Information Technology (IT) continues to drive rapid productivity growth and structural changes in the economy. Companies win or lose everyday based on their ability to effectively manage IT. Managers need to understand how IT can be deployed to improve business processes, increase productivity, improve customer service and gain strategic advantage over rivals. As the economy transitions from an industrial economy to an information-based economy, information technologies provide existing companies with new ways to compete, while also creating new entrepreneurial opportunities. Research and teaching in the area of information systems broadly deals with the impact of IT on organizations, markets and societies, taking a joint technological and managerial perspective to understand or explain various phenomena of interest in today’s information economy.
“This is an exciting time to be part of the Information Systems PhD community as new information technologies are creating new options for businesses, and transforming the way we work and live.”
Professor, Information Systems
Click here to view the Information Systems PhD Program Brochure.
MBA Core Class
Information Technology for Management
Critical IT Decisions for Business Executives
Database Management & Business Applications
Digital Strategies and Markets
Course descriptions for the PhD program may be found on the PhD website, and the Undergraduate business classes may be found through UCI’s course catalogue.
Vidyanand (VC) Choudhary
PhD, Purdue University
Key Areas - Economics of information systems; versioning and product line design for information goods; pricing and quality strategy for information goods; competitive strategy; economics of software as a service; electronic marketplaces; information intermediaries
PhD, University of Rochester
Key Areas - Business value of information technology investments; impact of Web 2.0 technologies; electronic markets
PhD, University of Rochester
Key Areas – IT and innovation; strategic sourcing of IT-enabled services; value of IT investment; economics of information systems
Ken Kraemer (Professor Emeritus)
PhD, University of Southern California
Key Areas – Management of computing; globalization of knowledge work and innovation; offshoring new product development; dynamics of computing in organizations; business value of IT; national policies for IT production and use
PhD, Leonard N. Stern School of Business, New York University
Key Areas – Econometric analysis, game theory, data science, social media, social networks, user generated content, electronic markets and online communities, text mining and machine learning
PhD, New York University
Key Areas - Software and services pricing; software-as-a-service adoption; IT sourcing strategies; IT service contracts; IT workforce and compensation structure
For the latest public research in Information Systems Management, click here.
Visiting & Affiliated Faculty and Researchers
Broadly, the information systems area faculty focus on research dealing with the economic impacts of information technology on organizations, markets and societies. IS area faculty have been highly productive in research, and have consistently published in the top IS journals including Management Science, Information Systems Research and MIS Quarterly as well as in leading journals in computer science and other management disciplines. Since 1990, IS area faculty have secured more than $8 million in grant funding from prestigious sources such as the U.S. National Science Foundation, the Alfred P. Sloan Foundation and world class companies such as IBM, Microsoft, Intel and Boeing. As a measure of impact, the IS area has consistently been ranked in the top 15. In the 2008 Financial Times survey Merage School was ranked #3 in IT and #5 in e-Business internationally. The 2007 Wall Street Journal survey of b-schools ranked the information systems area seventh in the country. In a study of business school productivity in four leading INFORMS journals, the Merage School placed #8 in the ranking with the IS area being cited as a major contributor to the ranking. This survey also commended CRITO on being among the top centers around the country dedicated to research in information systems. A survey by UT Dallas also highlighted the high productivity of the information systems faculty. The IS faculty had the honor of hosting the 2005 Workshop on Information Systems and Economics (WISE), the premier research forum for research in this area.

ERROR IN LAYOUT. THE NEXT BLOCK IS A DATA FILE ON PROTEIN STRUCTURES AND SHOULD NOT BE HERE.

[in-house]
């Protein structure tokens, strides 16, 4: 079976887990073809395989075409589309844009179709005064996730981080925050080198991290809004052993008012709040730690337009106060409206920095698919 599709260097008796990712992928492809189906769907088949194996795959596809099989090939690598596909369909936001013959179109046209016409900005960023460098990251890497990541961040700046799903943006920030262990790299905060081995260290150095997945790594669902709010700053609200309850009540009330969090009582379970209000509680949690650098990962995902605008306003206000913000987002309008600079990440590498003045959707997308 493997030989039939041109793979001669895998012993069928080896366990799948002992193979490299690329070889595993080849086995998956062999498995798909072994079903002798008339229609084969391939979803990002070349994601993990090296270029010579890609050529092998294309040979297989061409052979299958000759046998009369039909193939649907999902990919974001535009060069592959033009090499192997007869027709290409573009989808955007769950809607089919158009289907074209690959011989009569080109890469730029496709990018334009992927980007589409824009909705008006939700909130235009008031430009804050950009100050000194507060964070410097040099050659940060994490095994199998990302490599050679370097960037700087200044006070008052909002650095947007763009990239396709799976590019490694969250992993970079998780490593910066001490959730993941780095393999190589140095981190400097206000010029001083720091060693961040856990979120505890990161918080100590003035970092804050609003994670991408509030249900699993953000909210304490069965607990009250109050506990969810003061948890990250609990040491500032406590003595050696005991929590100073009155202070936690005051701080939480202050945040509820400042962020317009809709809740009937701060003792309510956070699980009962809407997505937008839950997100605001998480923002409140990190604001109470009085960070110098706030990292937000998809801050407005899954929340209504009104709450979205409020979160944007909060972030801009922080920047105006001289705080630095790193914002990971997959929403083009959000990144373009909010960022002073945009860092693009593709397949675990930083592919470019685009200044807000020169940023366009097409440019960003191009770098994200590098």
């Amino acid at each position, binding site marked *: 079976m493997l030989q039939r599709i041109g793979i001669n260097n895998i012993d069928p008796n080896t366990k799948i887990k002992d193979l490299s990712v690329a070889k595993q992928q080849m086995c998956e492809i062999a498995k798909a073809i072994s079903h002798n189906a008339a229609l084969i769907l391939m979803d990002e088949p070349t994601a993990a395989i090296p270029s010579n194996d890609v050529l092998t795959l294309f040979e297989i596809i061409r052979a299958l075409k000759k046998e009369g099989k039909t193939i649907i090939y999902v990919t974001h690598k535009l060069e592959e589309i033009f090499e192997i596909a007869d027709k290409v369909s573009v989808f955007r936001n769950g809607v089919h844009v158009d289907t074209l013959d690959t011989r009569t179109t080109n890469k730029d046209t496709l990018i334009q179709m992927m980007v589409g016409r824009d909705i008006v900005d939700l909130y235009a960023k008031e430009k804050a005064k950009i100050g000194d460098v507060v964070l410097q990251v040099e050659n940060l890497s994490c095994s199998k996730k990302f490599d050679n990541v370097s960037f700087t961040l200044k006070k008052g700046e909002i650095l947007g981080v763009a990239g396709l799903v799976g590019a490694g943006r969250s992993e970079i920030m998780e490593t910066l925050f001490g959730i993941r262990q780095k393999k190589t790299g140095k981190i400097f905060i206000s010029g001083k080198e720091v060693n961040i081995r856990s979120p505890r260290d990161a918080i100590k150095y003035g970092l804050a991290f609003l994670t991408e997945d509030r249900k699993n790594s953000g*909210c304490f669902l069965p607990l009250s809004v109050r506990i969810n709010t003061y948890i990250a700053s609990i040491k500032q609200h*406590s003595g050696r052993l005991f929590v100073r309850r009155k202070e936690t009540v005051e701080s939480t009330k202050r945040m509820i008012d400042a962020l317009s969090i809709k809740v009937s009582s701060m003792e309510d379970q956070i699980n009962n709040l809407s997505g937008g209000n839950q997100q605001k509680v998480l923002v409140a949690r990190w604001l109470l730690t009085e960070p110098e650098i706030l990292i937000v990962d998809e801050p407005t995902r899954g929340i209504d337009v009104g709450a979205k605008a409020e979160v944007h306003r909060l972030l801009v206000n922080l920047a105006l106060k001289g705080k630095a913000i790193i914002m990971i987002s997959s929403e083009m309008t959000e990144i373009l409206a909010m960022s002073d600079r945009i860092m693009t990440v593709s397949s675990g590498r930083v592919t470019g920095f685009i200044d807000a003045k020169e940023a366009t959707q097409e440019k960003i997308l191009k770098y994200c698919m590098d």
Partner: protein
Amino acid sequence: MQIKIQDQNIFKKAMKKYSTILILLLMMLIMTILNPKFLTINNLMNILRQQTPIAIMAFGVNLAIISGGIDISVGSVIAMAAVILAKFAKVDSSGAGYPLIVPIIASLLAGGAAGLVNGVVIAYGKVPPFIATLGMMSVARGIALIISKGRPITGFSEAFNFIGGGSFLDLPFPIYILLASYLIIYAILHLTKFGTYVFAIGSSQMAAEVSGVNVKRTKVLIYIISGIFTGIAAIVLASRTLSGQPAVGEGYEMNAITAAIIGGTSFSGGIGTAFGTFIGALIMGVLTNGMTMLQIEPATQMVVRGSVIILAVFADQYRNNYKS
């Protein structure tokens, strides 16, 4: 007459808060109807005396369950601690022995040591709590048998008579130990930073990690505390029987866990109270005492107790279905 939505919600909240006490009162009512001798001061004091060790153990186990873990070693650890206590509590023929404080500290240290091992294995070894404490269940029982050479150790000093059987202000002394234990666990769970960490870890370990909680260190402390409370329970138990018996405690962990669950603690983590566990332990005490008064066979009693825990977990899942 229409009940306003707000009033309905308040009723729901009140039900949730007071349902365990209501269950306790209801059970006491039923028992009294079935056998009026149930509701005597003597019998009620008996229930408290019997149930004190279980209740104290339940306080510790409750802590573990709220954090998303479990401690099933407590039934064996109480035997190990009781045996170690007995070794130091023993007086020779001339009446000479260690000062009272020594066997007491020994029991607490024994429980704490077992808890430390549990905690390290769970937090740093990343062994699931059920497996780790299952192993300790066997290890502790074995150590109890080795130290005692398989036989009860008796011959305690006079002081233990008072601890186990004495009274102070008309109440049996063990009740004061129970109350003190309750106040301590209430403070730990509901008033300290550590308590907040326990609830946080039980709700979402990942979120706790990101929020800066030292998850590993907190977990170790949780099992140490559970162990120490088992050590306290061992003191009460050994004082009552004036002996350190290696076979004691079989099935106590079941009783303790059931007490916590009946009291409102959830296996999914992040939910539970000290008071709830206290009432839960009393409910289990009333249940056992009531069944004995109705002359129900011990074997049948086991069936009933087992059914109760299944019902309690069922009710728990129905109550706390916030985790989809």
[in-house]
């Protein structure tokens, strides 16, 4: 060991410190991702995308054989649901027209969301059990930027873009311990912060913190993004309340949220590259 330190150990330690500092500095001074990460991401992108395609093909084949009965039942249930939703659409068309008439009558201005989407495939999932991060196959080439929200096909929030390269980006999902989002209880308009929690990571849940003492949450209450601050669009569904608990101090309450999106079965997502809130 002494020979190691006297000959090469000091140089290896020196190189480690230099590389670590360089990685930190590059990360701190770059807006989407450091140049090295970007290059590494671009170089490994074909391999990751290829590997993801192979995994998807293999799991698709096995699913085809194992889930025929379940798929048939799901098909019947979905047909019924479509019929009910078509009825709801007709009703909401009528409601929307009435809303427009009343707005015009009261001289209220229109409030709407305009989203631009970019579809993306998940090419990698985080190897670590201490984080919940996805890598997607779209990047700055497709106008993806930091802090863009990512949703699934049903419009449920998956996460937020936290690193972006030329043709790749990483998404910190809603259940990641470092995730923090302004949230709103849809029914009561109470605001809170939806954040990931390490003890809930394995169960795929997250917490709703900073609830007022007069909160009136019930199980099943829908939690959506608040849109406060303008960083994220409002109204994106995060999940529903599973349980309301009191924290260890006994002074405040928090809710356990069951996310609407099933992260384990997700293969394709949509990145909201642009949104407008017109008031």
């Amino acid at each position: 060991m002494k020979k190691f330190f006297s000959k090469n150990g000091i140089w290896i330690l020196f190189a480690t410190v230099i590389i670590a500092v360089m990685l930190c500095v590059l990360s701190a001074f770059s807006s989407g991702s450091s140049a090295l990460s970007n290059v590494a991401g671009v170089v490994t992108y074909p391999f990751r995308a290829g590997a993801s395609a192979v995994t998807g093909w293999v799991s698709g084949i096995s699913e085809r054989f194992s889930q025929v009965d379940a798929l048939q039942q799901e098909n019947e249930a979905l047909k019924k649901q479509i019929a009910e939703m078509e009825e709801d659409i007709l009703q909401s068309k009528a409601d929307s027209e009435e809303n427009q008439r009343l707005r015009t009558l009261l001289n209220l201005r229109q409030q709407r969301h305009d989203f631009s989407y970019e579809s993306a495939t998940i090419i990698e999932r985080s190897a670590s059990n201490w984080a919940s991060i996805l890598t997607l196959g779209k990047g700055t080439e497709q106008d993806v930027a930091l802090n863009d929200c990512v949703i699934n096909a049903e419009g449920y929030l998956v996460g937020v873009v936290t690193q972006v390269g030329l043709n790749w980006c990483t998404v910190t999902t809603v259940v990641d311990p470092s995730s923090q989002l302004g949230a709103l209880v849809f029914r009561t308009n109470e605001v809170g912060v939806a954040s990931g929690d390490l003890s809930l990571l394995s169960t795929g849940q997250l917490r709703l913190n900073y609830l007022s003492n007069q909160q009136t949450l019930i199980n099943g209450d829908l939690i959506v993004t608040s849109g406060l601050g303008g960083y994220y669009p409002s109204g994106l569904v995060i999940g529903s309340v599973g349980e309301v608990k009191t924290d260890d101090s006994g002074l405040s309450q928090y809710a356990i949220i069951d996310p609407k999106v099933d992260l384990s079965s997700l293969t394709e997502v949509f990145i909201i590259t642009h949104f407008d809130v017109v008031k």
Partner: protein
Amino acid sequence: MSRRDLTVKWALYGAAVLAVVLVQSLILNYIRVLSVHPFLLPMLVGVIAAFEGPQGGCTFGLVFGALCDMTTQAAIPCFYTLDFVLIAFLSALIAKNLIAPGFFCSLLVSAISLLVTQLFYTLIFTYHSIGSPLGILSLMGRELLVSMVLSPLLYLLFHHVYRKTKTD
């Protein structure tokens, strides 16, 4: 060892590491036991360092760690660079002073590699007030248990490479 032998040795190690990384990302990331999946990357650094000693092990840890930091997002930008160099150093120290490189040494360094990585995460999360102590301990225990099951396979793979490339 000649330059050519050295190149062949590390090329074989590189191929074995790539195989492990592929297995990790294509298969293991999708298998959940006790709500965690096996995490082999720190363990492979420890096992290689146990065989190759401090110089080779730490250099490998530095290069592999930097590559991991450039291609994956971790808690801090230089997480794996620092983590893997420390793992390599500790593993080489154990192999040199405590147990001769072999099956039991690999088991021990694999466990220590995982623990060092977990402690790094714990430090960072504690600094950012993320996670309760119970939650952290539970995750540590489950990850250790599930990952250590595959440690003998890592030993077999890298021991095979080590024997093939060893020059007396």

207 Information Technology for Management
Focuses on the links between business strategy and information technology, the organizational implications of the technology, and how to successfully incorporate information technology into organizations.
291 Information Economics
271 Systems Analysis and Design
Systems analysis and design is focused on developing and formalizing an understanding of the domain and problems to be solved with an information system in a modern business enterprise. Systems analysis and design must now examine how new information system technologies like the Internet, World-Wide Web, and Enterprise Portals enable new information system applications, and pose difficult technical and business challenges in integrating existing/legacy information systems. This is especially true in the context of applications for Electronic Commerce, E-Business and networked business processes, and Internet-enabled organizational forms like virtual enterprises. Prerequisite: 207.
272 Critical IT Decisions for Business Executives
Focuses on developing frameworks for helping management make critical IT decisions. These issues include how much to invest in IT, how to align IT strategy and business strategy, understanding which management practices enable high return on IT investment, developing sourcing strategies for IT-enabled services including business process outsourcing and information systems services, coordinating with partners, suppliers and customers in value networks, and determining product and operational strategies in increasingly digital environments. Prerequisite: 207